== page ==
Although advances in digital technology may be the most noticeable change in the television and film industries, the shift from talent agencies to talent management companies may be one of the most important. For decades, talent agencies held sway over the entertainment industry. But changing times have created the rise of companies designed to manage talent in a different way. While there are still changes to be made, particularly with the Labor Commission, it seems that talent agencies may be fading away shortly.
The Fall of Talent Agencies
Until recently, talent agencies held remarkable power over film and television productions. Their ability to create package deals and earning commissions from the salaries of actors meant that they garnered considerable power and income for many decades.
However, three events that happened almost simultaneously have changed dramatically the landscape for talent agencies.
- Writer’s Guild of America (WGA): Disrupting the packaging process
- COVID-19: Shutting down production and stopping commissions for the time
- AB5: A new California law changing how freelancing works
AB5 had the indirect effect of shutting down independent productions outside the Hollywood system. This meant that small film companies could not hire independent contractors which have essentially shut down the indie film industry in the state.
The heart of the matter for many who deal with talent agencies is that they take 100% of the money owed to the talent and then remove 25% for their fees and the talent management before sending the rest to the actor. This “off the top” approach has many asking the question of why talent agencies are taking 10% and temporary control of the money when they didn’t do anything?
Rise of Talent Management
Instead of talent agencies which solicit work for their clients, talent management companies provide advice for career opportunities. Because of the California Talent Agencies Act, such agencies must register and post a bond with the state before they can solicit employment for their clients. Talent management companies do not engage in that pursuit.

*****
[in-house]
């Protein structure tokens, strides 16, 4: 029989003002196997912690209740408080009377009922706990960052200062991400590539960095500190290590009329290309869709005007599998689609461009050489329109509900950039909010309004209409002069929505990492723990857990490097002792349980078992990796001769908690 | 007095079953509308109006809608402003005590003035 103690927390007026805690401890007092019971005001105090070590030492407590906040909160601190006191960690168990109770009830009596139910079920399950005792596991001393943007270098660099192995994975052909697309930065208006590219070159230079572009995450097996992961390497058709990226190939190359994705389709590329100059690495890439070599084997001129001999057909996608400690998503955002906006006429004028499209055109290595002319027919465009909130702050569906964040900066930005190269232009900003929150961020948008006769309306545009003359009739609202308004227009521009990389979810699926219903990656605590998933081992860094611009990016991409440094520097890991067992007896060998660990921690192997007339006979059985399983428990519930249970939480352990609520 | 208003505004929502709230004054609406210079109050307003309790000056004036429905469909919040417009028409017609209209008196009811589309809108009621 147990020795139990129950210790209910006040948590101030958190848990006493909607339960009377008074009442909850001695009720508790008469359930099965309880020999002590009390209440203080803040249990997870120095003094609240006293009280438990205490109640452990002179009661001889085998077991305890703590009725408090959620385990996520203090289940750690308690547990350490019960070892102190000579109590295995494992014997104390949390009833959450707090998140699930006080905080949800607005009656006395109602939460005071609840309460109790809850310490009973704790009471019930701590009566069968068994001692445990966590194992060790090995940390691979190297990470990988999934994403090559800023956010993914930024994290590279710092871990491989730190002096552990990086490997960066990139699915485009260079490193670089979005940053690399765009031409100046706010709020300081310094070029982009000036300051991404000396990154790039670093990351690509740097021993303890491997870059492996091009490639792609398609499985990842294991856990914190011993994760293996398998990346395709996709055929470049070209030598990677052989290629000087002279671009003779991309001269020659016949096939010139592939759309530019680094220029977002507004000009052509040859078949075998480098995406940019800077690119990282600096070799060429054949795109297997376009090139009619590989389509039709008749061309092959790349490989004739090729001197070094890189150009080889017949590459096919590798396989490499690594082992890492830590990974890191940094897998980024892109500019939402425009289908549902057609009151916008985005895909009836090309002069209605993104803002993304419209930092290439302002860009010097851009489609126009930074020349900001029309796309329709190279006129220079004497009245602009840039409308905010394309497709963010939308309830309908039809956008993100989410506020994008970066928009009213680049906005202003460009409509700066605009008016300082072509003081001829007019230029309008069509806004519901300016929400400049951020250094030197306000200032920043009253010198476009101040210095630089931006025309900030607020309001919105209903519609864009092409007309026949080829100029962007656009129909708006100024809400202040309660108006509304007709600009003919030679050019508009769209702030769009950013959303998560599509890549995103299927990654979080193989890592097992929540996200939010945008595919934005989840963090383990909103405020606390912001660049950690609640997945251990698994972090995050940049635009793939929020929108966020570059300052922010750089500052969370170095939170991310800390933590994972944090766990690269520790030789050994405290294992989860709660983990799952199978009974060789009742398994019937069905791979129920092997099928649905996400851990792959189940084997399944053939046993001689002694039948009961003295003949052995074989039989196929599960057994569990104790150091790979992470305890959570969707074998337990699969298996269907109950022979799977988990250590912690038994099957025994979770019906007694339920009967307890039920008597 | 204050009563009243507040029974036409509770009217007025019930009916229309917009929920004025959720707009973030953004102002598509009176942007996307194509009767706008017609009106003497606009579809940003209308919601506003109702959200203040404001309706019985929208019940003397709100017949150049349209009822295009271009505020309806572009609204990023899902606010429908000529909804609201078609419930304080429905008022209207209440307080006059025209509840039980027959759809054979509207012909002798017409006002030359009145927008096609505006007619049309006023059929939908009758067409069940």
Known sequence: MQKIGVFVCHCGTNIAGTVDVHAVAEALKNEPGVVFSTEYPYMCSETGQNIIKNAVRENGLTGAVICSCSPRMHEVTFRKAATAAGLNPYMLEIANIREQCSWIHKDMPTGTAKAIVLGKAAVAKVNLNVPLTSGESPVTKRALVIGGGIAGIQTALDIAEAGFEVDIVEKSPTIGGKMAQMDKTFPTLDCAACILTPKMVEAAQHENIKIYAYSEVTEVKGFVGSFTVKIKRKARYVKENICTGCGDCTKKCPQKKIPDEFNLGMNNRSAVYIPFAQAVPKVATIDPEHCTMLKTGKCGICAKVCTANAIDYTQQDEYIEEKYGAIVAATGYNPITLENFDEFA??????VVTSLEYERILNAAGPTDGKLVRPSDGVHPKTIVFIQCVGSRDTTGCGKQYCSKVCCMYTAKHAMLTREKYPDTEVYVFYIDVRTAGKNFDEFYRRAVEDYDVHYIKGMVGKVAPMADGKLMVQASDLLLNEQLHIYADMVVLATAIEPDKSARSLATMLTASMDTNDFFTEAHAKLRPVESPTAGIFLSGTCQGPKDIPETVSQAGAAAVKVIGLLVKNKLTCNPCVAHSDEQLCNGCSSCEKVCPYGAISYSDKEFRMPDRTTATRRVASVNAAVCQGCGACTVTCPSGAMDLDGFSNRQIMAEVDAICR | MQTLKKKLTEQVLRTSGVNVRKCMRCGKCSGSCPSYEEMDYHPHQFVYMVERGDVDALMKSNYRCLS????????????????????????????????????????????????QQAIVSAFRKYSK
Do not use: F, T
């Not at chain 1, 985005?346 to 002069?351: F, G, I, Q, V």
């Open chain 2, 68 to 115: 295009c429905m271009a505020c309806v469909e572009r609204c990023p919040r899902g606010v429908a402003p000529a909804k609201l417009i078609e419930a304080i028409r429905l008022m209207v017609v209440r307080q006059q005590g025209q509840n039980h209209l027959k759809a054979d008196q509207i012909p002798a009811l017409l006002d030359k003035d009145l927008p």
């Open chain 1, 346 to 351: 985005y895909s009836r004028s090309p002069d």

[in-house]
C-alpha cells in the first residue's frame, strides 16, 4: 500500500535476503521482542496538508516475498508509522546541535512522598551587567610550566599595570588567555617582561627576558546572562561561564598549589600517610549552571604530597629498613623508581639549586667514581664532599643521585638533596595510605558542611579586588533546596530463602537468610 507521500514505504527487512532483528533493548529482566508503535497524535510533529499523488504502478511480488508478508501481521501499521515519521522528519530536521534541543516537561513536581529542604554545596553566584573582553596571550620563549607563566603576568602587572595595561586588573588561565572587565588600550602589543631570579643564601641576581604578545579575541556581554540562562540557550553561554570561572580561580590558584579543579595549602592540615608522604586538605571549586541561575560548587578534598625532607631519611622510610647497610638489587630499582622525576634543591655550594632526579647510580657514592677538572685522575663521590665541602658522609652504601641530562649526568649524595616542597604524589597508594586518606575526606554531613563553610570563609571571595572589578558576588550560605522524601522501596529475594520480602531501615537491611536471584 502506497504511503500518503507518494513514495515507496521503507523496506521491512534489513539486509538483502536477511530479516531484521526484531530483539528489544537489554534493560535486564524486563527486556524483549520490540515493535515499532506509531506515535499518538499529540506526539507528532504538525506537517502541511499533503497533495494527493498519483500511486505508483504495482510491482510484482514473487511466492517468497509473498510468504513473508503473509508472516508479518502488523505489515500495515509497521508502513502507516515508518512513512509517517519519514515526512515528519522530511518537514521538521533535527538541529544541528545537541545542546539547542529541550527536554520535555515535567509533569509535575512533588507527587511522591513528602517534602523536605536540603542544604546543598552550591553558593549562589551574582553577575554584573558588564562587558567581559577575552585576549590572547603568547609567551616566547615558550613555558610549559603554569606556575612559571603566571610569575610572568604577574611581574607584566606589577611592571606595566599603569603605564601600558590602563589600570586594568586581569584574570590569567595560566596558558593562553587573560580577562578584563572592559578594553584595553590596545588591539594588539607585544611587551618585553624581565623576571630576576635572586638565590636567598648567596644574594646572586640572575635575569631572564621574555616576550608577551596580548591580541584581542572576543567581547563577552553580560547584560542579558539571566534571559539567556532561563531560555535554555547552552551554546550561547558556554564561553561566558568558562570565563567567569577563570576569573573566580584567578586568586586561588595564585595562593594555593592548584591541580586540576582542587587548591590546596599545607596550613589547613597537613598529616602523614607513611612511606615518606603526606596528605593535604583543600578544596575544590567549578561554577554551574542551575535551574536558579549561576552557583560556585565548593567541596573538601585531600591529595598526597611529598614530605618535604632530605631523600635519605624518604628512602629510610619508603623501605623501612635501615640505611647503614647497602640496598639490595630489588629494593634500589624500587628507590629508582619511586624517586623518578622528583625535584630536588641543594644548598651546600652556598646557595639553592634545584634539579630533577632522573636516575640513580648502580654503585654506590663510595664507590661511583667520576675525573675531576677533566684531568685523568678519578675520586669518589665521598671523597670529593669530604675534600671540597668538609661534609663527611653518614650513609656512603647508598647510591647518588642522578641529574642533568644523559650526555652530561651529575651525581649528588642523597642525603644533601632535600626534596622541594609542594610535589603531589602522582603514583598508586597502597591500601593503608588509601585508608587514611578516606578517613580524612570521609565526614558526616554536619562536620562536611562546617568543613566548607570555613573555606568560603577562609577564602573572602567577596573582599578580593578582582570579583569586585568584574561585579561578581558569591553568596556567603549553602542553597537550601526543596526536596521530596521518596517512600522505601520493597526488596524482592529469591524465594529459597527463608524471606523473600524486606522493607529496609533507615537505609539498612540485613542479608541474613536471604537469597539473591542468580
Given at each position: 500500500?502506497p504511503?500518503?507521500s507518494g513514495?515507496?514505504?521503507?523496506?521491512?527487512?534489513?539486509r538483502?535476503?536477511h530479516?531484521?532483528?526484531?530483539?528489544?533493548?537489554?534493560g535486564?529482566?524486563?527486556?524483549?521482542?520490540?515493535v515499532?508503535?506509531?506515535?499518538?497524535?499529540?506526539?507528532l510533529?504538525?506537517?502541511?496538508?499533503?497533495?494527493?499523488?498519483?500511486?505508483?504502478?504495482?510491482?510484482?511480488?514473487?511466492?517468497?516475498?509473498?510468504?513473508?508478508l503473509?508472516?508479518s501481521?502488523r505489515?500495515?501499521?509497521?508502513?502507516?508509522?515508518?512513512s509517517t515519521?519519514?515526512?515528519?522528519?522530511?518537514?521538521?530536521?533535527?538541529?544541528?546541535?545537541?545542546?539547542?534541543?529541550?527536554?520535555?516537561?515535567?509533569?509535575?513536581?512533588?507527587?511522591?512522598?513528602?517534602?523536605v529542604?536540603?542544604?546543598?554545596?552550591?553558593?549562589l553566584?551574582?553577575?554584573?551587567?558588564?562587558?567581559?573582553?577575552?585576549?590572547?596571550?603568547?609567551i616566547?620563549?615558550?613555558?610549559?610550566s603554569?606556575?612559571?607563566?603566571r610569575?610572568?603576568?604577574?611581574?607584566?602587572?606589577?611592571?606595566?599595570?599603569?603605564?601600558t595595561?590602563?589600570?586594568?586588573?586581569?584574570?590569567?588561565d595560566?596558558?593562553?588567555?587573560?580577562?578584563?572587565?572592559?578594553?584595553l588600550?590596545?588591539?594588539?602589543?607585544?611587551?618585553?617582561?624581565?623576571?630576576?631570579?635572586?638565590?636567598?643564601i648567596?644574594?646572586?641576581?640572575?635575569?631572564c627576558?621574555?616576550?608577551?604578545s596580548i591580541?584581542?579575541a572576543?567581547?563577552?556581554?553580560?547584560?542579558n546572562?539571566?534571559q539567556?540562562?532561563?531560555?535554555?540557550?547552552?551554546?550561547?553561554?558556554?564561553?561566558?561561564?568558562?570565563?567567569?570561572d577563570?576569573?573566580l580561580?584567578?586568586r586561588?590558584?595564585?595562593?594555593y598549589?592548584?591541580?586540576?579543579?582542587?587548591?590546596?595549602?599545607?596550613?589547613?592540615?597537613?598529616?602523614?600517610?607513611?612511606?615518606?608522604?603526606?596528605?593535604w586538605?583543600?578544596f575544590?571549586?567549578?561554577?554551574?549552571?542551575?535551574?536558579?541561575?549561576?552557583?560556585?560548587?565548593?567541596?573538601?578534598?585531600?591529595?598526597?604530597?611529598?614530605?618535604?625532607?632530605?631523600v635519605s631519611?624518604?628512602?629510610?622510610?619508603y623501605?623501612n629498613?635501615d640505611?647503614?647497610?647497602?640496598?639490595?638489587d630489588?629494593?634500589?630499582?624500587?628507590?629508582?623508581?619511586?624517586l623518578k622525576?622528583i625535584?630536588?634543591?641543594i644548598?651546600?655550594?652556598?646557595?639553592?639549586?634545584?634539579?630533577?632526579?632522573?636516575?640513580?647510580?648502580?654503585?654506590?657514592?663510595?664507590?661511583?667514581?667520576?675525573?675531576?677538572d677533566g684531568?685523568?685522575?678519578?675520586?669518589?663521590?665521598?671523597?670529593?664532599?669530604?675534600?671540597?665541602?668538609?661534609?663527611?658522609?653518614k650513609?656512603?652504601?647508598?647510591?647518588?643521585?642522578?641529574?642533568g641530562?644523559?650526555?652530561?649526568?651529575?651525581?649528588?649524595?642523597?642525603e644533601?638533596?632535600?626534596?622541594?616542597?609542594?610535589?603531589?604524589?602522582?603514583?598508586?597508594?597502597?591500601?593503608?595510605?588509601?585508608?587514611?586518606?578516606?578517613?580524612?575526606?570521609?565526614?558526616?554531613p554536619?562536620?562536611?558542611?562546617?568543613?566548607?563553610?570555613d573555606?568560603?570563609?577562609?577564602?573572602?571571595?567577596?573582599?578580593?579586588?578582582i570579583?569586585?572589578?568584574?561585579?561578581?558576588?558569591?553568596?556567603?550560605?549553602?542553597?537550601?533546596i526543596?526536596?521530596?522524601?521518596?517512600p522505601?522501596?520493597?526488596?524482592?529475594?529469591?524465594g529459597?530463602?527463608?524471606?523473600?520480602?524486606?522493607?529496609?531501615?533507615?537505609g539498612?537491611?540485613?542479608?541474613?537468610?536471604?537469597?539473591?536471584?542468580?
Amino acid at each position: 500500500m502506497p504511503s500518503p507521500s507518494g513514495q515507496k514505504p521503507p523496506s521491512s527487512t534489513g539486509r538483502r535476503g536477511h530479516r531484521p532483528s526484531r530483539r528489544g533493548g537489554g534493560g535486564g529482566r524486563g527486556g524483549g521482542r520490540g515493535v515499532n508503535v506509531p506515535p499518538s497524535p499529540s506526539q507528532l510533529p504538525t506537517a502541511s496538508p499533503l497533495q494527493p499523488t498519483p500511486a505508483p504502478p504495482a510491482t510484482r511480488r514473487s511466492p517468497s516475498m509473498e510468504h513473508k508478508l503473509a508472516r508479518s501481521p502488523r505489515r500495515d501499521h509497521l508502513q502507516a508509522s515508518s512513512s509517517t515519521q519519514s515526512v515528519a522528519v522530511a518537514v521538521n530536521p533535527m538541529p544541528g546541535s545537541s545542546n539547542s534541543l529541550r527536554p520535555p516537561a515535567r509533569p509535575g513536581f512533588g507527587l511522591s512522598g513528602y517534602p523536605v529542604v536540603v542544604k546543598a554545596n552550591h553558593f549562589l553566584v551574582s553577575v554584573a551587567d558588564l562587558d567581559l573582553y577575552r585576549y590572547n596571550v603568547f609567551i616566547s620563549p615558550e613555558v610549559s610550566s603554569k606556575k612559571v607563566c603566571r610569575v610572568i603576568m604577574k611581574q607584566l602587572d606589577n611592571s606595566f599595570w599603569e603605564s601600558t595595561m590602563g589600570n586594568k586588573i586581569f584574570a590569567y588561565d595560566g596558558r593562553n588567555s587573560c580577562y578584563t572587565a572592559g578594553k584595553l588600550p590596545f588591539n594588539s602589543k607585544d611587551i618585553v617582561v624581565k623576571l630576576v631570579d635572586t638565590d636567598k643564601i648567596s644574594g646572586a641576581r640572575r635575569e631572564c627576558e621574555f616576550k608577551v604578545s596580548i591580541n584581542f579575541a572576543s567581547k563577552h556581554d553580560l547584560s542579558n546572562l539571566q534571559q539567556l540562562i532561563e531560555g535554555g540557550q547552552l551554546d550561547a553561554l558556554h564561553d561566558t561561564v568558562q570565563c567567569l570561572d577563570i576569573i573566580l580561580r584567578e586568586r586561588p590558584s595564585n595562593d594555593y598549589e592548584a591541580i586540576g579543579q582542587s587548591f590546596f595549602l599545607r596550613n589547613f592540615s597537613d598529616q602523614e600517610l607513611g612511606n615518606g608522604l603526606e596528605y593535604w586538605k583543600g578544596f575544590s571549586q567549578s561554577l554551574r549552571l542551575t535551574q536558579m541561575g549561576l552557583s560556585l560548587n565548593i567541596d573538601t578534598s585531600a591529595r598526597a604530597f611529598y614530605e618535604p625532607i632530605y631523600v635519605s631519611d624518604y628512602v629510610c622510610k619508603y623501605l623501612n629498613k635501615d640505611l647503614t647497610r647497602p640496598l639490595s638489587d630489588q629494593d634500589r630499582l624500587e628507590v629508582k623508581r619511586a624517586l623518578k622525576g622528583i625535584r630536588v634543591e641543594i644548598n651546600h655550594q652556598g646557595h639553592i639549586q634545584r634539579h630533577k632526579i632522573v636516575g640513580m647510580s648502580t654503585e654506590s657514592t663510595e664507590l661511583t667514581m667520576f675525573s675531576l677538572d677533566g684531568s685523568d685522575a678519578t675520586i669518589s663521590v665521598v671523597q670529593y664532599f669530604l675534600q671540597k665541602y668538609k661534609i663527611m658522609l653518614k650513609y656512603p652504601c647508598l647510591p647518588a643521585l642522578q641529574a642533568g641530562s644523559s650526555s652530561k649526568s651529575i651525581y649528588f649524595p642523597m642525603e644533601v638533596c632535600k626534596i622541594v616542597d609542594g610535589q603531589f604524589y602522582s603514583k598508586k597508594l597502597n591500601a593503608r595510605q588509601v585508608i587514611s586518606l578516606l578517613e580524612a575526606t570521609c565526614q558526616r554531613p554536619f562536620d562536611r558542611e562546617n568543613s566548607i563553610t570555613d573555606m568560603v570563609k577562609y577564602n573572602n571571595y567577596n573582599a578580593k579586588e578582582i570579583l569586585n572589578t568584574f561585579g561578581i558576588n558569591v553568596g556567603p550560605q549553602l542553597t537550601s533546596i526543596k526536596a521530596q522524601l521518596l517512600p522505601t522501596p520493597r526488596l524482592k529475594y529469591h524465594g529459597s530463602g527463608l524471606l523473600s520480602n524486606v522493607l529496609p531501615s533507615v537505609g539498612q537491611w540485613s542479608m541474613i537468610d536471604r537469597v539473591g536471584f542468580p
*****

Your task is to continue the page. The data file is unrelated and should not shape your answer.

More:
An important issue faced by talent management companies is the solicitation of studios, networks, and production companies for their services. While established agents should have little difficulty submitting projects with networks and studios that have a pre-existing relationship, new managers will have a more difficult time.
Given the fragility of the entertainment industry in California, the state’s labor commission needs to make some important decisions before they lose everything.
Until they take action to change the very laws of the state that stopping production from happening, talent managers will either be represented by law firms in the entertainment industry. Or, management companies will have to represent themselves as talent agencies in name only to get around the current requirements.
However, the latter solution runs afoul of the current agreement between the WGA and talent agencies in terms of packaging. Any permanent solution must be founded in the law which currently the California Labor Commission oversees. Until such changes are made, it may take a long time for the entertainment industry in California to fully recover, if at all.